Editor’s note: It’s no secret that Patricia Levesque, the executive director of both of Jeb Bush’s education foundations, has a reputation as a hard-charging ed reformer. So it’s definitely noteworthy to hear her take on possible changes to Florida’s school grading formula. ”With Common Core coming online and a lot of other things being tasked of our schools and teachers, do we need to take a look at getting back to basics?” she tells the News Service of Florida. “So many things are added that maybe the calculation needs to be a little simpler, a little clearer.” Levesque also comments on the possibility of Florida lawmakers considering a “parent trigger” bill for a third time last year, and what one of the foundations’ top issues is likely to be next year. Here’s the Q&A as it was distributed in full this week and, as far as we can tell, published nowhere else.
Patricia Levesque runs the state-focused Foundation for Florida’s Future and the national Foundation for Excellence in Education. Both were created by former Gov. Jeb Bush. Levesque and Bush have successfully pushed the Common Core curriculum standards, school choice and data-driven school and teacher assessments. They’ve also strongly supported the controversial parent-petition bill, which died on 20-20 votes in the Senate the last two years.
Levesque served as Bush’s deputy chief of staff while he was governor; before that, she spent six years as a key staffer in the Florida House. She is married to George Levesque, general counsel to the Florida Senate, and they have two children.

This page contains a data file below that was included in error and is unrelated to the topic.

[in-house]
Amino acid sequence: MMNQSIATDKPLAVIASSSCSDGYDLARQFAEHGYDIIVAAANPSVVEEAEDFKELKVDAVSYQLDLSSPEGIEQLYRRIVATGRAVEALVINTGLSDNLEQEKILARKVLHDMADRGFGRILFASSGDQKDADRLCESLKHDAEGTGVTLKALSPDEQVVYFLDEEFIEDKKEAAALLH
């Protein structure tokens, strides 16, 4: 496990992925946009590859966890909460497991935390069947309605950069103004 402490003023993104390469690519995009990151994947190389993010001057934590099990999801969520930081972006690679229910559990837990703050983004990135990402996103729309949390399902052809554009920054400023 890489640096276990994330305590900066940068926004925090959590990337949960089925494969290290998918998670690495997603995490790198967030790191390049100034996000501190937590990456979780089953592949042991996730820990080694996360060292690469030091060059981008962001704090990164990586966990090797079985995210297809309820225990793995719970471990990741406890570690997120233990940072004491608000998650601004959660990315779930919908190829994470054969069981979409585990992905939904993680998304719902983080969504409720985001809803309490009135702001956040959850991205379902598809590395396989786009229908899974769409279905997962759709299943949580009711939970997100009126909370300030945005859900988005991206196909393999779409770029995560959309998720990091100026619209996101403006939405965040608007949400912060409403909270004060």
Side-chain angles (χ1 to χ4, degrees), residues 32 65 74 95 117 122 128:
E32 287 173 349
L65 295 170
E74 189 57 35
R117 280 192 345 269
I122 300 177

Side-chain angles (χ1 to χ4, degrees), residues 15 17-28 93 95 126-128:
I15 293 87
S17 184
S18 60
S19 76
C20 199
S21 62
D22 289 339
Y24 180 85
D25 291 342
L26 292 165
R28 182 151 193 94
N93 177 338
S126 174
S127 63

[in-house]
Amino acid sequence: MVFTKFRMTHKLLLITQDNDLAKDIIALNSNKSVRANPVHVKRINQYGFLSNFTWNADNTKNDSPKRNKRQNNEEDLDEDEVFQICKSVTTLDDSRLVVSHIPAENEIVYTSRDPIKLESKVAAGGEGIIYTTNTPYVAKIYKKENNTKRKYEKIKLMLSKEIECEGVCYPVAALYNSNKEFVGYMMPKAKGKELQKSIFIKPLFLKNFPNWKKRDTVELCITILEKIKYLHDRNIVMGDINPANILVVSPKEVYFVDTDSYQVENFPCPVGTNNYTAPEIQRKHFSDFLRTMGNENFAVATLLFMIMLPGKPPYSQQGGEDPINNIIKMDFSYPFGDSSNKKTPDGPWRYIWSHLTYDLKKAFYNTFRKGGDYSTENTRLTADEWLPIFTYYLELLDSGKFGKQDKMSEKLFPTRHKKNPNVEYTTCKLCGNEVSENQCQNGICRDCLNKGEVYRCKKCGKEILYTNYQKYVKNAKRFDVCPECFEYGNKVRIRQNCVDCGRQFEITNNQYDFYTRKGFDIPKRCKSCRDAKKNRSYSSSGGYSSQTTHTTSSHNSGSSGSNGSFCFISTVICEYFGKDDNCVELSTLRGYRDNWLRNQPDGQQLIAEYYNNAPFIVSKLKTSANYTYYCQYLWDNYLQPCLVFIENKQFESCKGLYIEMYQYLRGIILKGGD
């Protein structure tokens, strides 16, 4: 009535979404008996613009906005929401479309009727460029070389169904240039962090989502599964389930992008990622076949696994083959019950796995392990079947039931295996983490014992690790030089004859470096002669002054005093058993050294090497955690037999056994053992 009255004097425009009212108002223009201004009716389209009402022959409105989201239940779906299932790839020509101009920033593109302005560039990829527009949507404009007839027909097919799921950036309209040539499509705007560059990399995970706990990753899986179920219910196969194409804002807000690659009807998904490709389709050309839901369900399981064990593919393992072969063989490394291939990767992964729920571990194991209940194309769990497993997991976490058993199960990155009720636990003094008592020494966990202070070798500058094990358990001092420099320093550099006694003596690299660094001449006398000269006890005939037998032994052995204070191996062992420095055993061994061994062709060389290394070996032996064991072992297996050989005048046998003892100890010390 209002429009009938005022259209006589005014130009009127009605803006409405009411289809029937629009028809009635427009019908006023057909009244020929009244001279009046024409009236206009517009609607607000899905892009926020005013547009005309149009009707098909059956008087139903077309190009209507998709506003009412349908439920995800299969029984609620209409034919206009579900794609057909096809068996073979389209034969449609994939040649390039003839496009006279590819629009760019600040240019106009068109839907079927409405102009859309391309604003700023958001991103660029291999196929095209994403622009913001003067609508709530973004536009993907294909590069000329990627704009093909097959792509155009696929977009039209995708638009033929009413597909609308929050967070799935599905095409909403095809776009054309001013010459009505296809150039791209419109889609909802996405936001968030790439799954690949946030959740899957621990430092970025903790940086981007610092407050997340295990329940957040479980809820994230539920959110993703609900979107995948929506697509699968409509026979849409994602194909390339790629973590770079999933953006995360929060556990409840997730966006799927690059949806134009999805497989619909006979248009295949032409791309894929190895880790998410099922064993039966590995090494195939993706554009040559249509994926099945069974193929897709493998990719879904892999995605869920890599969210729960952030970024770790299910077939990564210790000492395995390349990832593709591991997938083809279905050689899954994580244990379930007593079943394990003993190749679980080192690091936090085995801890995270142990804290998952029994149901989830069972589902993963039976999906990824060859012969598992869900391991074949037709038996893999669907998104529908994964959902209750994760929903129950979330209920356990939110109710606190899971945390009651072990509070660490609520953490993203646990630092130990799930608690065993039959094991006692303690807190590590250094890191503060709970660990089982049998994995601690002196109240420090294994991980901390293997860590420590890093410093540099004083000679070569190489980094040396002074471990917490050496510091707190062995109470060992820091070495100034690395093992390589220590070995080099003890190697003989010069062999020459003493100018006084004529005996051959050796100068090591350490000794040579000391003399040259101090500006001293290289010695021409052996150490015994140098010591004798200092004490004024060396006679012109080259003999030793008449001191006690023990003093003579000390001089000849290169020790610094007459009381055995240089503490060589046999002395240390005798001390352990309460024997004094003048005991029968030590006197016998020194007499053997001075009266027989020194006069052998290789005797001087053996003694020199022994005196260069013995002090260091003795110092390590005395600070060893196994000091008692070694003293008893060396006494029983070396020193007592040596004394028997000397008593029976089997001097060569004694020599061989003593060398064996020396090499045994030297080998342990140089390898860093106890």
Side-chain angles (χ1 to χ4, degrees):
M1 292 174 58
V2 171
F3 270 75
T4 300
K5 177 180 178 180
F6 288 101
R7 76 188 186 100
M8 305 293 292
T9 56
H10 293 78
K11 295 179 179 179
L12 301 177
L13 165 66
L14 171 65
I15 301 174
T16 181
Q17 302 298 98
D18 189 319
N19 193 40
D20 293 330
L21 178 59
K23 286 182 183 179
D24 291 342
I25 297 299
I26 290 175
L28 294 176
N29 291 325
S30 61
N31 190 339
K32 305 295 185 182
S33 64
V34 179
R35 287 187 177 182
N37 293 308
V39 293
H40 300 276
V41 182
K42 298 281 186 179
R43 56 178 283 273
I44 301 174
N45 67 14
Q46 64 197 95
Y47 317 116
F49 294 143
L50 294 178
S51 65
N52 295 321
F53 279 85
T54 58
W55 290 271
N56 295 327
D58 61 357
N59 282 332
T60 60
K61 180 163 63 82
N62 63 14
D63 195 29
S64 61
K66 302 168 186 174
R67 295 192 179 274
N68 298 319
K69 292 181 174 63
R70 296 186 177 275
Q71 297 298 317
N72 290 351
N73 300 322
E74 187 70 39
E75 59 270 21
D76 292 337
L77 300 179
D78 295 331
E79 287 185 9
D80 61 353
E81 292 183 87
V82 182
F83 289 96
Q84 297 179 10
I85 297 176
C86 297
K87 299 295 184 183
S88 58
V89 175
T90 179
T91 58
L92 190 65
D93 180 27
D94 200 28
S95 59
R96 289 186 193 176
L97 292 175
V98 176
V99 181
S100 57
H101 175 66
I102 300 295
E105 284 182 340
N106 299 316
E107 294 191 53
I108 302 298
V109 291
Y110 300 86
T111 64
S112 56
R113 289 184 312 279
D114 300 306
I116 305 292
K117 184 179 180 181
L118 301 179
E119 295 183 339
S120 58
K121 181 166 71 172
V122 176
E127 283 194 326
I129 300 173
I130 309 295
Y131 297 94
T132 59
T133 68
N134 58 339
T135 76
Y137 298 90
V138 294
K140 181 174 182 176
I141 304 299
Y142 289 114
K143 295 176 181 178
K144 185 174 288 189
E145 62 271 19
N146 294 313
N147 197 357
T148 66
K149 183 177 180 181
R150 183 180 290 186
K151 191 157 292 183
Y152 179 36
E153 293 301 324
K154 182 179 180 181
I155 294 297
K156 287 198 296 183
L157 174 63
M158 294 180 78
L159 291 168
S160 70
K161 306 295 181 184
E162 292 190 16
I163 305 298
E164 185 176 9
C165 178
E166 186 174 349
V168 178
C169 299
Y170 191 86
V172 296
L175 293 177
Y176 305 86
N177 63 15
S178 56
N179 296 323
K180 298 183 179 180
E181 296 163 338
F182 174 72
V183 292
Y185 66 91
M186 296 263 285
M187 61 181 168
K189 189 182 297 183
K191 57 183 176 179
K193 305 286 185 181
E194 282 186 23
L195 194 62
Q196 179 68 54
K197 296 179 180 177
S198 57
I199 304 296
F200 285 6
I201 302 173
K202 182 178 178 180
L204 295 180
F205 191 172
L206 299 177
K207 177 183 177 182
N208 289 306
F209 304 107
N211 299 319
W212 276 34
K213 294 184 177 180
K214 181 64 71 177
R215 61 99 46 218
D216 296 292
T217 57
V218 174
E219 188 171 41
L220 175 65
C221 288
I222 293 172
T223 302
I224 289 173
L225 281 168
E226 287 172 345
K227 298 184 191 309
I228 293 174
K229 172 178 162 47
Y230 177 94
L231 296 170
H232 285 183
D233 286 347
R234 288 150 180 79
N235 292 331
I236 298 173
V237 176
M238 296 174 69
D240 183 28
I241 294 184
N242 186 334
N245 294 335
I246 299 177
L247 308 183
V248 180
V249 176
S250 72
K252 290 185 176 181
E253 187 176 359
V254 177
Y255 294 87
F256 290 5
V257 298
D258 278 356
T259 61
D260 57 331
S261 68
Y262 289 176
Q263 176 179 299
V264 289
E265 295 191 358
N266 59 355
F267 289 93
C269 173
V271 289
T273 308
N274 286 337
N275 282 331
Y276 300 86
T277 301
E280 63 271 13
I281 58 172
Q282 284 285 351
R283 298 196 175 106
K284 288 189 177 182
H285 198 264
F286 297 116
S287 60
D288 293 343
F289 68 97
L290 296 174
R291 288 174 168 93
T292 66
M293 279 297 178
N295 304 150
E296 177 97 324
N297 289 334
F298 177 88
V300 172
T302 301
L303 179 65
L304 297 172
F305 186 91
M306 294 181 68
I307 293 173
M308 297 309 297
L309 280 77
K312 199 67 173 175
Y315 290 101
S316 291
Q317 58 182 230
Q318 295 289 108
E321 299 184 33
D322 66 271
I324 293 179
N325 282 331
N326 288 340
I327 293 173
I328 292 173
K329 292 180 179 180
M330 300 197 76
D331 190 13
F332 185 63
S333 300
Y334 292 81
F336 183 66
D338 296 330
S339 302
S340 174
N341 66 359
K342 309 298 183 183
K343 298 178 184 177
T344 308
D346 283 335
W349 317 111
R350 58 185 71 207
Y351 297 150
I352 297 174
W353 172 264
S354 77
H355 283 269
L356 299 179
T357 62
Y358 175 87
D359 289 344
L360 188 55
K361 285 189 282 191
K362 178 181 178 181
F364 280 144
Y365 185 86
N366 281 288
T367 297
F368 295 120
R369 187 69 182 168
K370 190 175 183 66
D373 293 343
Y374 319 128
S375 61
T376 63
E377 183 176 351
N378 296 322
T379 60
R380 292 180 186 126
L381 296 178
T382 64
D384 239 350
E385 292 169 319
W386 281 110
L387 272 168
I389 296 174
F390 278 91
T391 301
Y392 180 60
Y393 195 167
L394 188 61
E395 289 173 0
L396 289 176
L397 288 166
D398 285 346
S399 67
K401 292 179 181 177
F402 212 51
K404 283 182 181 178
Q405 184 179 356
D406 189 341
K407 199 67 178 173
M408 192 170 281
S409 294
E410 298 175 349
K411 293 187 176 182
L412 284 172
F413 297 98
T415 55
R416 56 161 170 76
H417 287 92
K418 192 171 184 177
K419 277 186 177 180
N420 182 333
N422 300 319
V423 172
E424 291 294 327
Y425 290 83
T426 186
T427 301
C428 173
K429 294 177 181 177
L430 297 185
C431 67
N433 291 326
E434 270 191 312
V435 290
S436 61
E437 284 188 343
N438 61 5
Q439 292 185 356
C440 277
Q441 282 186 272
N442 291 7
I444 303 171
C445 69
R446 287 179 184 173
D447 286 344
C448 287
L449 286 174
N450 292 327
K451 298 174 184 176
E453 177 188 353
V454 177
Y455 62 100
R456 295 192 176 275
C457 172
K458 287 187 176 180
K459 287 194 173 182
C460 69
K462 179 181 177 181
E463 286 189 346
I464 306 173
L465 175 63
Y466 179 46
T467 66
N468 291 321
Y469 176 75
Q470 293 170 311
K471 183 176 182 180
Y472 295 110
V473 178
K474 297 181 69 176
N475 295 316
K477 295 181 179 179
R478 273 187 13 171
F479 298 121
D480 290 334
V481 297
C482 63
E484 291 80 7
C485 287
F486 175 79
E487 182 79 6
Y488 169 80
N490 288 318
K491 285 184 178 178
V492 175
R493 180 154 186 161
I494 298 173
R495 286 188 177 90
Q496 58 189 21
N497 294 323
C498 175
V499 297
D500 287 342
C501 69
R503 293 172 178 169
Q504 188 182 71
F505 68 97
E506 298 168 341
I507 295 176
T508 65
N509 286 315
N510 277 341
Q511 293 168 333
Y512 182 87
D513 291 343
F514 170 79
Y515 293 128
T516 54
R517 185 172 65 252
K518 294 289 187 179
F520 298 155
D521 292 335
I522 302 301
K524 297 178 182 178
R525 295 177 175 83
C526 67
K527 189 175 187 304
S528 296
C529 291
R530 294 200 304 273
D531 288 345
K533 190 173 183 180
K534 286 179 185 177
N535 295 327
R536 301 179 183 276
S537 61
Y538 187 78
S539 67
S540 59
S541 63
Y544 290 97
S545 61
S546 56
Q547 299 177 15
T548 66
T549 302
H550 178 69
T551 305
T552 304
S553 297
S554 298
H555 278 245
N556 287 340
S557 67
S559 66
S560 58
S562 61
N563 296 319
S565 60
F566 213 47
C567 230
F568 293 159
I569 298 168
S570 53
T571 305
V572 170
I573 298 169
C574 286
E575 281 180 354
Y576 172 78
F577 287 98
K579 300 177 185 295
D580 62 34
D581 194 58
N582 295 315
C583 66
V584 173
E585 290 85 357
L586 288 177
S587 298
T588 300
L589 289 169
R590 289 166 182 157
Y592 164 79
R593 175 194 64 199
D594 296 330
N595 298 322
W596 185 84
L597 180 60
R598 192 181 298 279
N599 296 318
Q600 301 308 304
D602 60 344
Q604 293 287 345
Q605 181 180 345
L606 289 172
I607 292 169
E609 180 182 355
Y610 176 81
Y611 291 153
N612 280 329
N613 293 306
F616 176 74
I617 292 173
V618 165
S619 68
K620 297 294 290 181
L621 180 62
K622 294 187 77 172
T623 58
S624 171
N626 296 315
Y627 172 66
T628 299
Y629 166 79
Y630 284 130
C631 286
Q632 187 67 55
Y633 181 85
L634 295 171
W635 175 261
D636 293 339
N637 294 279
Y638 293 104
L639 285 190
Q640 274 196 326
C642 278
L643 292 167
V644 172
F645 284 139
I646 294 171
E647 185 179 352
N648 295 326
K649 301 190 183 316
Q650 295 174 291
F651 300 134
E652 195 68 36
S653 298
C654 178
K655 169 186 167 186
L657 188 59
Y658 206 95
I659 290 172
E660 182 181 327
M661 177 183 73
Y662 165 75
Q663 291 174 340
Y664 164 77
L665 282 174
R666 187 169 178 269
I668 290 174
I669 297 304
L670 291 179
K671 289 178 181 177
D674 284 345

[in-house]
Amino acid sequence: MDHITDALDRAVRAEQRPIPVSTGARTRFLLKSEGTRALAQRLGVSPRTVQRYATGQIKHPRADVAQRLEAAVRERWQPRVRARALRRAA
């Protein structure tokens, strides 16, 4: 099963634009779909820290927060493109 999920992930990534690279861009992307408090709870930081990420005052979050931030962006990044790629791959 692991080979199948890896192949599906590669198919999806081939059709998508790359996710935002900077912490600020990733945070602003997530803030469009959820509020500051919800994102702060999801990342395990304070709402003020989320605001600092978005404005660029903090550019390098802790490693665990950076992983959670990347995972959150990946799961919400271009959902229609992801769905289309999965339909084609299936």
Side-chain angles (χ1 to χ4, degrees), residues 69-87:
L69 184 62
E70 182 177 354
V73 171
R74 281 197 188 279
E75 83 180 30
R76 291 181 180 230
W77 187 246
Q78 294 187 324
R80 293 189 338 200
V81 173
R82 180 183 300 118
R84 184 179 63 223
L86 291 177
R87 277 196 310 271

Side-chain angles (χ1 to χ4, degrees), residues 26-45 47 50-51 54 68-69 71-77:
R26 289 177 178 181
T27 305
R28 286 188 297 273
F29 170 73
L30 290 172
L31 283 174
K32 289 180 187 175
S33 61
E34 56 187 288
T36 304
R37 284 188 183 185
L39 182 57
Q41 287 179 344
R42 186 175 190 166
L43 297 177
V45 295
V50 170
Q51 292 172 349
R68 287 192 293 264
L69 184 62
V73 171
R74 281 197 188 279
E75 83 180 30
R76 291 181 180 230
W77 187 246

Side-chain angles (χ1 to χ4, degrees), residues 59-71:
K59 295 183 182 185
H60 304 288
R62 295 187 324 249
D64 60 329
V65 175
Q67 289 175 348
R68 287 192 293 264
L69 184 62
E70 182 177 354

The News Service of Florida has five questions for Patricia Levesque:
Q: What do you say to the social conservatives who are fighting Common Core?
LEVESQUE: What I would say to conservatives specifically is that the Common Core State Standards movement is a very conservative movement. It is actually a great example of federalism at work. It’s where state chiefs and state governors got together and said, “Let’s do something in common that will help us all in our individual states.” And so they got together, over years, and developed a common set of high standards in reading and math, and that became the state standards movement.
Actually, conservatives have always been champions of high standards and American exceptionalism. And if you really read the actual standards, you’ll see that it goes back to original texts, requires close reading of the Constitution and the Preamble and the Declaration of Independence — really conservative documents. And the standards movement is something that conservatives have for a very long time been leaders of.
The other thing that I would say to conservatives specifically is that the concerns that they’re raising — the concerns of the federal government telling our teachers exactly what textbooks to use in their classrooms, or concerns about the federal government data-mining our individual students’ private records. Those are very legitimate concerns. They just happen to be misplaced against Common Core, because those things aren’t true about Common Core. But they’re legitimate concerns that all parents should be vigilant to make sure aren’t happening in other aspects of education.
Q: Will Florida be ready for Common Core? Continue Reading →